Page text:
Dr. Jason M. Pittman's career has included many roles: network engineer, security architect, software developer, and professor and mentor.  He has worked at companies ranging from tech startups to large corporations, in addition to stints at film studios and a tattoo parlor. He is currently professor of cybersecurity at Capitol Technology University, and has also taught at Cal Poly Pomona.

"I am fascinated by all things human and tech," Dr. Pittman writes. "I see the stars as our inevitable destination and work to do my part in helping our species get there." Learn more about Dr. Pittman at


Posted by raherschbach on 12 Mar 2018

Capitol Technology University may be a STEM-focused school, but that doesn’t mean artistic talent is in short supply.

Many students enrolled in the university’s engineering, technology, and business programs also have an active interest in music, the visual arts, poetry, and other creative genres.

A new club at Capitol, Creative Juices, aims to provide a venue to showcase these students’ activities. On April 12, the club will be hosting an art exhibition at Puente Library that will be followed by a dinner in the Student Center and a rock band performance in Gudelsky Auditorium.

“The event is an art exhibition, and we’re doing it so we can better represent the artists here at Capitol. There are a lot of artists at the university – musicians, poets, photographers, digital and graphic artists -- and we want to show them that they have friends here on campus,” said Barron Botts, the club’s founder and president.

Barron, a sophomore in the computer science program, established Creative Juices last year after seeing that no other art clubs existed on campus.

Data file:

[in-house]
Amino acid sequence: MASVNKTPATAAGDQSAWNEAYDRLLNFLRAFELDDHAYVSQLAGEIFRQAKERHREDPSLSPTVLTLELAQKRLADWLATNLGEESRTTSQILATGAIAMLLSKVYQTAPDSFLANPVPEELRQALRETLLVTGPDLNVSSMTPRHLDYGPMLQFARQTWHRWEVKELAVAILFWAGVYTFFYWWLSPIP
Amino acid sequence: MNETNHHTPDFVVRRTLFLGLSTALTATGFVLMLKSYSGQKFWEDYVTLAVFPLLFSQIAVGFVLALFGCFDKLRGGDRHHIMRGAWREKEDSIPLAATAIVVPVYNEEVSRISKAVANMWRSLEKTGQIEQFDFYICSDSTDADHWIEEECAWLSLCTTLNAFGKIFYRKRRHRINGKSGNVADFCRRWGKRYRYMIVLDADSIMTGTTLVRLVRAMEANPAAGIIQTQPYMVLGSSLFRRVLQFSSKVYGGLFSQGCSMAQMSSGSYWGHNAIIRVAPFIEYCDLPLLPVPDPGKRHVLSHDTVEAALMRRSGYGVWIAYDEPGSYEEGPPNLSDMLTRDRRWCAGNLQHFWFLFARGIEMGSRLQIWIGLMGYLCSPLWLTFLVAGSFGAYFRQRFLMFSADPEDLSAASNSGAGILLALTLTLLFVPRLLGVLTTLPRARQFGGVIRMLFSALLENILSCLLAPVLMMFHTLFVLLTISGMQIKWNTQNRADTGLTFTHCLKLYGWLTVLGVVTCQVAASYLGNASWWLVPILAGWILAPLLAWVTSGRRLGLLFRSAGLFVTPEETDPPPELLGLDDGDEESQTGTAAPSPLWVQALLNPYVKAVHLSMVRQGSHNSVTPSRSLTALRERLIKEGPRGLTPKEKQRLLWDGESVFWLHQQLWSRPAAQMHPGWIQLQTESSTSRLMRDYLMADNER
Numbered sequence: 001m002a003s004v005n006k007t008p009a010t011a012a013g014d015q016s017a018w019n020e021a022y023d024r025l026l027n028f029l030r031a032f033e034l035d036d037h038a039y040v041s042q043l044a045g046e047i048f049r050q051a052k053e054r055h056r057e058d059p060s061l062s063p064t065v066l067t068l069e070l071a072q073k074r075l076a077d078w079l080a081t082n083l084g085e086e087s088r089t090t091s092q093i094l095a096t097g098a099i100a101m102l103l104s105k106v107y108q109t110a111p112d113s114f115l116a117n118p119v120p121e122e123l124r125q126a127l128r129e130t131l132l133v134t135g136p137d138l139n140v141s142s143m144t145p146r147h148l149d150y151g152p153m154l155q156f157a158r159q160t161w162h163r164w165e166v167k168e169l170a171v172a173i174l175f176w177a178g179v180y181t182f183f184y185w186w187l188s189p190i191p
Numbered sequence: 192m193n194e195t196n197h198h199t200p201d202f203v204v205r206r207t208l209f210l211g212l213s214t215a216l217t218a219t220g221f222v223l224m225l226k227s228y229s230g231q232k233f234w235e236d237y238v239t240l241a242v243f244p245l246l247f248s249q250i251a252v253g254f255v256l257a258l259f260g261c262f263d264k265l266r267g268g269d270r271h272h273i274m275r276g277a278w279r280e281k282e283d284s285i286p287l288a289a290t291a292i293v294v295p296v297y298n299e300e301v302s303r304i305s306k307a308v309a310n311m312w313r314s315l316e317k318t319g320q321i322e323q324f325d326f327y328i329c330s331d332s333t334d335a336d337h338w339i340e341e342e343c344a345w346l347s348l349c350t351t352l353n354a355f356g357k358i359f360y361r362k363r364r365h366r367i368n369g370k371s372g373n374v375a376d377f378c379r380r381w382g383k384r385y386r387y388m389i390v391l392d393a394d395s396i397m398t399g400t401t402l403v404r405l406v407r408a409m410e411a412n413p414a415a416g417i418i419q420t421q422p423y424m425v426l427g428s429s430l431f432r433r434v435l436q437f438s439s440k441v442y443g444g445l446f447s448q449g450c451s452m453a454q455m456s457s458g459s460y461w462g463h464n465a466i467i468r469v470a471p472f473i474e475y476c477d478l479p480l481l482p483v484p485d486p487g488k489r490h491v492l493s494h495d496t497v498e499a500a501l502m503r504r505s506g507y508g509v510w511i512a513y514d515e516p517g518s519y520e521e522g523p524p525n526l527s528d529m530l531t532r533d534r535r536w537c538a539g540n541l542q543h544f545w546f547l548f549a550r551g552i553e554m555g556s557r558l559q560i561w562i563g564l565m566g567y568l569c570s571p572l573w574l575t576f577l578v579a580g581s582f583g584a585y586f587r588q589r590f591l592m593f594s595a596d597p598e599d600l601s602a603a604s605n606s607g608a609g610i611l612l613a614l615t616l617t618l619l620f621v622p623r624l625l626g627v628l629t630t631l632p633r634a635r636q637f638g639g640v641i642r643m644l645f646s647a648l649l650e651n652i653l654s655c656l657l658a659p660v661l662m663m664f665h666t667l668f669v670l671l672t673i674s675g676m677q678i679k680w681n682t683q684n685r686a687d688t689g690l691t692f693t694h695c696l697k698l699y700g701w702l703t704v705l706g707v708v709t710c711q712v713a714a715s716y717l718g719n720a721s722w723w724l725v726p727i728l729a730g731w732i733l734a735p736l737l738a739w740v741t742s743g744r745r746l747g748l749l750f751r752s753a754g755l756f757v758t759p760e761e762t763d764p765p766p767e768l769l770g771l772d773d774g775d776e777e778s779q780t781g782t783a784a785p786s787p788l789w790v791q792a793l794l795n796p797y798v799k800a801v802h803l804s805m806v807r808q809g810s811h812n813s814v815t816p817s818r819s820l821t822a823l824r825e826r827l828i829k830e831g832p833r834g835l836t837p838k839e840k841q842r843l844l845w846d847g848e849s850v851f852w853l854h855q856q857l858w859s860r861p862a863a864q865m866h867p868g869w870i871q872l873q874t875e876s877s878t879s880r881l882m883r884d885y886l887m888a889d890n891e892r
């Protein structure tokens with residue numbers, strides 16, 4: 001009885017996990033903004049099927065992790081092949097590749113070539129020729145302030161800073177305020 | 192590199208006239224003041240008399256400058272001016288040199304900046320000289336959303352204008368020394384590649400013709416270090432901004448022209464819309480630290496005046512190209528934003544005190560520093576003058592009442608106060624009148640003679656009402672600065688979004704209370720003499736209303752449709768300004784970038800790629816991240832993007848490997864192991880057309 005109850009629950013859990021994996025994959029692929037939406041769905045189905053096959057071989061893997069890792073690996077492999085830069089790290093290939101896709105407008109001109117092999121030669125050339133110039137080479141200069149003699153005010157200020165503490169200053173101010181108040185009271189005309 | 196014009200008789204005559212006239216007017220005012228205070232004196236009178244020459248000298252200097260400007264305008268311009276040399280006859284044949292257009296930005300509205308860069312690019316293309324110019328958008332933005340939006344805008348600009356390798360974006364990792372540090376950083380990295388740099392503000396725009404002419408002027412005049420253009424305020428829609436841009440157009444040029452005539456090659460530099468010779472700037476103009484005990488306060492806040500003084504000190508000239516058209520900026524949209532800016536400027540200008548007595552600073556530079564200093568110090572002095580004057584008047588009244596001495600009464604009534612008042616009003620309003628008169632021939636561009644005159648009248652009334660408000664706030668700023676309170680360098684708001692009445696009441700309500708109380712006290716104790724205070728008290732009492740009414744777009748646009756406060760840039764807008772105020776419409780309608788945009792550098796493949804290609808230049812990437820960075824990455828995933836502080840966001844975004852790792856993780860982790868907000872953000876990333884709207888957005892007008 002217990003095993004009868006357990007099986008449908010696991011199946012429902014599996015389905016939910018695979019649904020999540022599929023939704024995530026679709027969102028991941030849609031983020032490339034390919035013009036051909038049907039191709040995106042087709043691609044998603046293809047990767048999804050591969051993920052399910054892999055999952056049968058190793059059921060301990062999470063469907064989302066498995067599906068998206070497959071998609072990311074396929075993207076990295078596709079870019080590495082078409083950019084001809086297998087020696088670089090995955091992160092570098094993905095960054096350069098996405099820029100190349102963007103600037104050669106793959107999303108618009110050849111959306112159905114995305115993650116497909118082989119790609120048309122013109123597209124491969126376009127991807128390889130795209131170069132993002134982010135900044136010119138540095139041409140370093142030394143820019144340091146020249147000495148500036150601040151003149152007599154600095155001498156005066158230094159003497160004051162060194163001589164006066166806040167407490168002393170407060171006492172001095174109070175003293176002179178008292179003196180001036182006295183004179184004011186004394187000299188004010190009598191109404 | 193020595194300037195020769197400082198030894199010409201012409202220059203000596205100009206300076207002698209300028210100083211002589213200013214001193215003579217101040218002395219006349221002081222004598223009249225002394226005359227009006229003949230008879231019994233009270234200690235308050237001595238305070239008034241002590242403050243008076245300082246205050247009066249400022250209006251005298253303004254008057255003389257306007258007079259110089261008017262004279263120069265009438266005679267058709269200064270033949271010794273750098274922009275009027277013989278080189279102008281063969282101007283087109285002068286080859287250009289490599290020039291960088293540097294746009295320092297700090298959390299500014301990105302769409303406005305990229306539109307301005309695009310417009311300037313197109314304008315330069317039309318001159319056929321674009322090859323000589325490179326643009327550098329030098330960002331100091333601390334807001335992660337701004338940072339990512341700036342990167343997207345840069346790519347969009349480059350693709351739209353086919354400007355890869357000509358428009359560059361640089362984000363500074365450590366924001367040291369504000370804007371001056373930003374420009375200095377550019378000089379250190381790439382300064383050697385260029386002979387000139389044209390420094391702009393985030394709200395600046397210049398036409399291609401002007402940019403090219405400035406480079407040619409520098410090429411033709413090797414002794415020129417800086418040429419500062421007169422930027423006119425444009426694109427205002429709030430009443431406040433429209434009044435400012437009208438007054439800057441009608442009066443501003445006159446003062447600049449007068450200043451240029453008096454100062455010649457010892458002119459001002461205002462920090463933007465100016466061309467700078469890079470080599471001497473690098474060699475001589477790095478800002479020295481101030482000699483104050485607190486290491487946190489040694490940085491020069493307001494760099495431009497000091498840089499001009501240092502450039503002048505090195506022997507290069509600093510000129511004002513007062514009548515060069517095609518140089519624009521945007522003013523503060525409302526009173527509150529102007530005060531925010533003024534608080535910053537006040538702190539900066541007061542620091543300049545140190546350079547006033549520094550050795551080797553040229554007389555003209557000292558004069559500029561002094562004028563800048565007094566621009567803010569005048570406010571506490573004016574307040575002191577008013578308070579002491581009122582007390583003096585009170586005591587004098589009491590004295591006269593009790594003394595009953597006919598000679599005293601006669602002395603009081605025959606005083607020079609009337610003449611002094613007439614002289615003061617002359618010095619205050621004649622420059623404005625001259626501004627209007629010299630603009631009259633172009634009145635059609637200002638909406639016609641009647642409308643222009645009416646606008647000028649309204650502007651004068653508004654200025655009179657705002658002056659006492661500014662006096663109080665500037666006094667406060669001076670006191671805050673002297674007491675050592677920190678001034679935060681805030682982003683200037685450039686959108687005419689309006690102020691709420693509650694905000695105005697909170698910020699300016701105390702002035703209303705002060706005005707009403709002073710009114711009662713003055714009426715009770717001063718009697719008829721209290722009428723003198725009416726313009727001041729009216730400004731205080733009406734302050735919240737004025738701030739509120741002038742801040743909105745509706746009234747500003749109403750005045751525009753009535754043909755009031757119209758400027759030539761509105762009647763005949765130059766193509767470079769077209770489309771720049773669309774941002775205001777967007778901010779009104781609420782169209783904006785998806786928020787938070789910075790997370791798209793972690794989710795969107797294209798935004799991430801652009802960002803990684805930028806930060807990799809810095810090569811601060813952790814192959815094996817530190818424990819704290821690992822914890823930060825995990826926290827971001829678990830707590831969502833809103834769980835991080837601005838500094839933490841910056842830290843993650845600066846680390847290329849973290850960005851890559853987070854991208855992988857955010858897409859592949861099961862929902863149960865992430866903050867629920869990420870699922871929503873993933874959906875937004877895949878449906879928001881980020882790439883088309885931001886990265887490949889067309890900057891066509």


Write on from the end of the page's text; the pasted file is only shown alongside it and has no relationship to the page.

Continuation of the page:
Artistic endeavors can provide an essential counterbalance to homework, lectures, and labs. “When I was in high school, poetry was one of the few things that kept my interest going while I was busy scarfing down information for classes,” he said. “When I got to Capitol, I didn’t want to be in a situation where I just went to class every day and came back home to do my homework, with nothing to go out and do.”

This year, in addition to leading the Creative Juices club, Barron is also enrolled in an engineering poetry class taught by adjunct professor John Washington, an accomplished poet who is also Capitol’s assistant director of advising and student success.

“It makes us realize that there’s another perspective to engineering and technology,” Barron said.

Interested in finding out more about the April 12 art exhibit or the Creative Juices club? E-mail Barron at

Photo (from left): Jalyn DeJesus, Jacob Rush, Barron Botts, Joshua Ferguson, and Jorge Rodriguez. Creative Juices poster designed by Johnathan Botts.


Posted by raherschbach on 9 Mar 2018

Prior to beginning his doctoral degree at Capitol, consultant and IT professional Chuck Easttom had already made significant contributions to the fields of cybersecurity and computer science. He is the author of 26 books on programming, digital forensics, cyber security, and penetration testing.  Several of those books are used as textbooks at various universities. He  holds more than 40 industry certifications and has served as a subject matter expert for CompTIA certification exams in the creation of the CompTIA Security+, Server+, and Linux+ certifications. He was also on the Certified Ethical Hacker version 8 test revision team and created the OSForensics Certified Examiner course and test. 

Easttom is a regular speaker at computer science and security conferences including Defcon, SecureWorld, ISC2 Security Congress, IEEE conferences, AAFS, and many others.  He has already published dozens of peer reviewed papers and articles in trade journals like 2600 Hacker.  Additionally Chuck Easttom is an inventor with 13 computer science patents so far.

Most recently, Easttom was invited to present a paper on weaponized malware at the 13th International Conference on Cyber Warfare and Security, held from March 8 to 9 at National Defense University. In addition to the paper, Easttom is presenting a poster at the event.